A sudden sharp increase in medical care points to average cost hikes, not average usage
San Francisco, CA -- (SBWIRE) -- 10/02/2012 -- A study shows that the sudden accelerated increase in health care costs is from price growth, not individuals seeking treatment.
From 2009 to the start of 2011 health insurance grew moderately, but in the last twelve months there has been a sudden increase. The 4.6% increase in 2011 was recorded for those spending for private health insurance.
That rate is greater than economic growth, which stood at 3.8%. In 2010, the average insurance cost for a patient was $4,547. In 2011, that number rose to an average of $4,547, or just under $200. The numbers may indicate that the downturn in recent spending may have been due to the economic climate rather than a national shift.
“We don’t know yet whether this is a one-off year aberration or a resumption of patterns of higher growth,” said Health Care Cost Institute Director David Newman. “We just don’t know. When you have one data point, you’re cautious.”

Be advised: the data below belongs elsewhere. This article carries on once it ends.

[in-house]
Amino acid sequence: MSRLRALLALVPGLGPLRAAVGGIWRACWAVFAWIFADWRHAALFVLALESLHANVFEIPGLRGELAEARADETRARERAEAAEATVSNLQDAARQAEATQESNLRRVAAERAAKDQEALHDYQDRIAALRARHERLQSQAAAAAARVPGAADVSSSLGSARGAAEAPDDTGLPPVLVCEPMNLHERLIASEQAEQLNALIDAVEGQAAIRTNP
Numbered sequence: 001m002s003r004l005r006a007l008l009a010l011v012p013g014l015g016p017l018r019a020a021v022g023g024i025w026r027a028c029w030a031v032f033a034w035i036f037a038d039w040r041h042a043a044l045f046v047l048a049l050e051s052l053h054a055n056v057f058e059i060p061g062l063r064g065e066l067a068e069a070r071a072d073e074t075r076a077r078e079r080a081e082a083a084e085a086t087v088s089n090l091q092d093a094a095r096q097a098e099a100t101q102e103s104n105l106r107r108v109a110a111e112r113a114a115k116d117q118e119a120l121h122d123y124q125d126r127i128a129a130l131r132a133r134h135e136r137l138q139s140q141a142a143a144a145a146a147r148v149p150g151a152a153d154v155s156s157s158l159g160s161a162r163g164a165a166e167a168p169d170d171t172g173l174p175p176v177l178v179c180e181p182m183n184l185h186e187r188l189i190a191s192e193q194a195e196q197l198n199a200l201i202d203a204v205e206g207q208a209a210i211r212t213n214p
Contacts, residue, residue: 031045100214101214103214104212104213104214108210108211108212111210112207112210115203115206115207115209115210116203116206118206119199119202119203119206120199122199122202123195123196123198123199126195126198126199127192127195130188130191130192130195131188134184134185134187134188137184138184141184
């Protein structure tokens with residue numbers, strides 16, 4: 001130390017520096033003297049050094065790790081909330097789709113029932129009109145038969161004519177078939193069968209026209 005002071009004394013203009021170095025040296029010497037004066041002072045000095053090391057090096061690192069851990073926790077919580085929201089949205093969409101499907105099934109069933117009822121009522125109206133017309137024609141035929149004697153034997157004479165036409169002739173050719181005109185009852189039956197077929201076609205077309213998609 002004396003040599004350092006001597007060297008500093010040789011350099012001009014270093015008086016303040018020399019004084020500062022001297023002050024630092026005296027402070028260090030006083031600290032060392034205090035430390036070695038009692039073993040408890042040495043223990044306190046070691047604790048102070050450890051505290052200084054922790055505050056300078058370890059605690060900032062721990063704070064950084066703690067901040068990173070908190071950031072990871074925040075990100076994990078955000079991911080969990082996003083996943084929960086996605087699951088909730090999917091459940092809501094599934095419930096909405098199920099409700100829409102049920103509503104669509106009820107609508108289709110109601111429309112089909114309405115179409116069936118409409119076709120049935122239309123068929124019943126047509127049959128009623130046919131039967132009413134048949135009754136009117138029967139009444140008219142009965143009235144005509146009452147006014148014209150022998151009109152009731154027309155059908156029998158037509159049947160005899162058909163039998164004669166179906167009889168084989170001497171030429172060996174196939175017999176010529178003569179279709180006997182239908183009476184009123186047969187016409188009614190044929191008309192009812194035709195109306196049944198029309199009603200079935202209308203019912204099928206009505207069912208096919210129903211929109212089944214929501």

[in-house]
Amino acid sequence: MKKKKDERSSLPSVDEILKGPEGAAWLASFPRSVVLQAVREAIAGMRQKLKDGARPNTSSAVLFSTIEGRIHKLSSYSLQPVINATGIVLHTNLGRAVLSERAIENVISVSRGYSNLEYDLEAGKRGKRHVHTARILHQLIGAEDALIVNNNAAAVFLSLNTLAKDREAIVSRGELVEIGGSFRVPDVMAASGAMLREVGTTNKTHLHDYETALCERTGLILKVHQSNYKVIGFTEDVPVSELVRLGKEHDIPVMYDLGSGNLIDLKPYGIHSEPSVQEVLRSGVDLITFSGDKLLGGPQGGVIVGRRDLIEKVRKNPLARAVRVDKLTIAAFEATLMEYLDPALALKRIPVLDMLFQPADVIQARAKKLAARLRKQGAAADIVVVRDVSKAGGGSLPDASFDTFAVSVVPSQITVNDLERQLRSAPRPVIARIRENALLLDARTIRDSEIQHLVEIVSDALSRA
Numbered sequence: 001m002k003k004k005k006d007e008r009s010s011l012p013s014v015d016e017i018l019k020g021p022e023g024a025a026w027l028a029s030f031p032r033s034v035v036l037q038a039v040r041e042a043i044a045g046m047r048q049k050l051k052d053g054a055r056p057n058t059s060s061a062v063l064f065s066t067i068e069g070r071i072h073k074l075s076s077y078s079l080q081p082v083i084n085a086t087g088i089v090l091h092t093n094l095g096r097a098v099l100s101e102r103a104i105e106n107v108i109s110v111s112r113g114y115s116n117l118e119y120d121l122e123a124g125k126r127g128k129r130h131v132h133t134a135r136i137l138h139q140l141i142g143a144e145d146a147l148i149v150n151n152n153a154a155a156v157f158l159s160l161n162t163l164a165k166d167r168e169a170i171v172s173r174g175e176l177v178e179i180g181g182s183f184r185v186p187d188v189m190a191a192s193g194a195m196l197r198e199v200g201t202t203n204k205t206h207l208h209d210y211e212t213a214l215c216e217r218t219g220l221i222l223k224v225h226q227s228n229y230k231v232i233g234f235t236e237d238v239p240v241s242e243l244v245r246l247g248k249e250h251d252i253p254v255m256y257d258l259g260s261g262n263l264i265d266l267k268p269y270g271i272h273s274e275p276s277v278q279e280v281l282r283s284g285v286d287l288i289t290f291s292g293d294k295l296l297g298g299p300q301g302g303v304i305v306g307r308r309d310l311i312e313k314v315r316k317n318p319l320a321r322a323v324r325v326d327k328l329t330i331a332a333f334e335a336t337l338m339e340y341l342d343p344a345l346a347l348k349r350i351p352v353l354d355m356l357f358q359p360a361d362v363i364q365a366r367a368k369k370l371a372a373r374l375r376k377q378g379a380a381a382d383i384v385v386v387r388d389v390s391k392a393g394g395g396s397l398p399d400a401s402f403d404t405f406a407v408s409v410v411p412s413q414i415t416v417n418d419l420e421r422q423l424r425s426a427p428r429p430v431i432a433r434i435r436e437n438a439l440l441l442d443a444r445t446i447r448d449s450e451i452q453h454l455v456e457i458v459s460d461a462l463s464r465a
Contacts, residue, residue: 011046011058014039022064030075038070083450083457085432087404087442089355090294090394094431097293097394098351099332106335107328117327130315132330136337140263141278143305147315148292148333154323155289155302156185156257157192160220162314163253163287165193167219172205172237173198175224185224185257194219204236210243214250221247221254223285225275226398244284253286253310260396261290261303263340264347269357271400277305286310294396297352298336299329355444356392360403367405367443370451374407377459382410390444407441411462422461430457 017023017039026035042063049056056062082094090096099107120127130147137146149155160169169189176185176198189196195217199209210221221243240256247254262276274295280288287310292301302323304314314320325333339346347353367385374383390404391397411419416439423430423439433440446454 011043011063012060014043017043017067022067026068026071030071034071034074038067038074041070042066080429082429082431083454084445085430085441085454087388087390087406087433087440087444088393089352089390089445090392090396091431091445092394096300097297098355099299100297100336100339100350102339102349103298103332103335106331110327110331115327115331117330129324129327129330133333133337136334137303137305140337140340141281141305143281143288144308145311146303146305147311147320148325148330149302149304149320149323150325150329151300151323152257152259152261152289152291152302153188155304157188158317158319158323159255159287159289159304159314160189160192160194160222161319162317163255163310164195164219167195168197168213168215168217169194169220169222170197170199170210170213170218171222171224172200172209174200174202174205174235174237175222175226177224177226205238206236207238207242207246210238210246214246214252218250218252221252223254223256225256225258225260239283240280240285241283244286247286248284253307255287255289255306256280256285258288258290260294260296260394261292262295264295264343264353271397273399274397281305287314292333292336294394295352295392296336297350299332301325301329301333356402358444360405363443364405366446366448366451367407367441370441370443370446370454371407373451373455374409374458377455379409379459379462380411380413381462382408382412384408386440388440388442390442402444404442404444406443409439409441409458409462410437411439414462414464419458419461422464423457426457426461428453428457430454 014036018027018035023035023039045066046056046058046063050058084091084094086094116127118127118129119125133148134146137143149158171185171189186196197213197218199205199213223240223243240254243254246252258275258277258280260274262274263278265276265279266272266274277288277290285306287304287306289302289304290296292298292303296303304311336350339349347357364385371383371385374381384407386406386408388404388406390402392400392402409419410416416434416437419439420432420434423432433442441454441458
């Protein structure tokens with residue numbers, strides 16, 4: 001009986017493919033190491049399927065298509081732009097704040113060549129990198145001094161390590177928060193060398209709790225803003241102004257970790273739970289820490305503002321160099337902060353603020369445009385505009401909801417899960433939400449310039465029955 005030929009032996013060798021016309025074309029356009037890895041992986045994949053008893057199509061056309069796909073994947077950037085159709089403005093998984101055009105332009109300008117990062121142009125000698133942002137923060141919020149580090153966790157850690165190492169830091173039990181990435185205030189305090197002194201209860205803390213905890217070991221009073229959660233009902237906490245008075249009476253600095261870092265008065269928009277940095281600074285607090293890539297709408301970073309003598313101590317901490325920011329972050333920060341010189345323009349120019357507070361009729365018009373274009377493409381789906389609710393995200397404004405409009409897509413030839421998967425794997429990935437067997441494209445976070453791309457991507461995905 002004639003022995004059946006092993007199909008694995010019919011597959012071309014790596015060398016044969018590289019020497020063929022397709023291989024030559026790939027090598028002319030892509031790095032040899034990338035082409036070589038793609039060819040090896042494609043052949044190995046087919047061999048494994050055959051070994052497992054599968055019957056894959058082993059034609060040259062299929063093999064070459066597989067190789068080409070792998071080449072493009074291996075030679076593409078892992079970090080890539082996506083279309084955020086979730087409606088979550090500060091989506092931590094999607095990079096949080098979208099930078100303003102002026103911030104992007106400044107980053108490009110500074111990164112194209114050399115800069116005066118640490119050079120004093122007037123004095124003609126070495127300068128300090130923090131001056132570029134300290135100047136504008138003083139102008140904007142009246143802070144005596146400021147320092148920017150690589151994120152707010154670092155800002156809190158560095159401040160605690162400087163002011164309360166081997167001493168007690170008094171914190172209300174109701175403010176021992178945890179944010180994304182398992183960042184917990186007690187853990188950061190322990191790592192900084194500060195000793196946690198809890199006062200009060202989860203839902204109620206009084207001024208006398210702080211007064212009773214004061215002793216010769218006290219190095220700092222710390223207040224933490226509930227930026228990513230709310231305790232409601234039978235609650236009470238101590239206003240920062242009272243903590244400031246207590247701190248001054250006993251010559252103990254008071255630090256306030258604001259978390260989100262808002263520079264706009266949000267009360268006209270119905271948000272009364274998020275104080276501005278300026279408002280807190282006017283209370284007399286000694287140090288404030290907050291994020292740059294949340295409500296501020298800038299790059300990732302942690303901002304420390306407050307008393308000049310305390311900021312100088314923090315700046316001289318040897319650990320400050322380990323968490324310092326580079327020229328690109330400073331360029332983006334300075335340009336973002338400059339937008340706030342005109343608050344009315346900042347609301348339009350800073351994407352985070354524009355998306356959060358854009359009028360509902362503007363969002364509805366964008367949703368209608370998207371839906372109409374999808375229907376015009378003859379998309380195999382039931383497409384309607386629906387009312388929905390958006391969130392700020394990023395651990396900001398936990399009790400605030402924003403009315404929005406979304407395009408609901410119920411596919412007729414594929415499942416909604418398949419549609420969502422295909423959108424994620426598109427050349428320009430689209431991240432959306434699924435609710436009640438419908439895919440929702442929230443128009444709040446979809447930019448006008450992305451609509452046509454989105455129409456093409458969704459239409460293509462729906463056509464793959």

The HCCI used data spanning 40 million citizens who used private insurance providers. Public insurance programs were not included in the study. Those statistics will be available in early 2013.
“One thing Americans should realize is they’re actually not heavier users of health care compared to Germans or Canadians,” said Uwe Reinhardt, a health economist at Princeton University. “Utilization in the United States really isn’t that different.”
The accelerated growth in health care costs mean that overall spending will likely increase.
An average ER visit rose 5.4% over the last year, reaching $1,381.
Procedures rose 3.3% and prescription costs made a large jump to 17.7%.
“We’ve done a good job cutting back on length of stay,” Newman said. “But if quantity is cut back and prices are going up, you’ll still see overall spending increase.”
Some economists state this reflects a market which has little pressure from insurance companies to lower costs of medical care.
“No insurer wants to be known as being obsessively aggressive against price increases,” said Gerard Anderson, director of the Johns Hopkins University’s Center for Hospital Finance and Management. “If you’re an insurance company, you stand to lose a large client [the hospital] all to gain a small rate reduction.”
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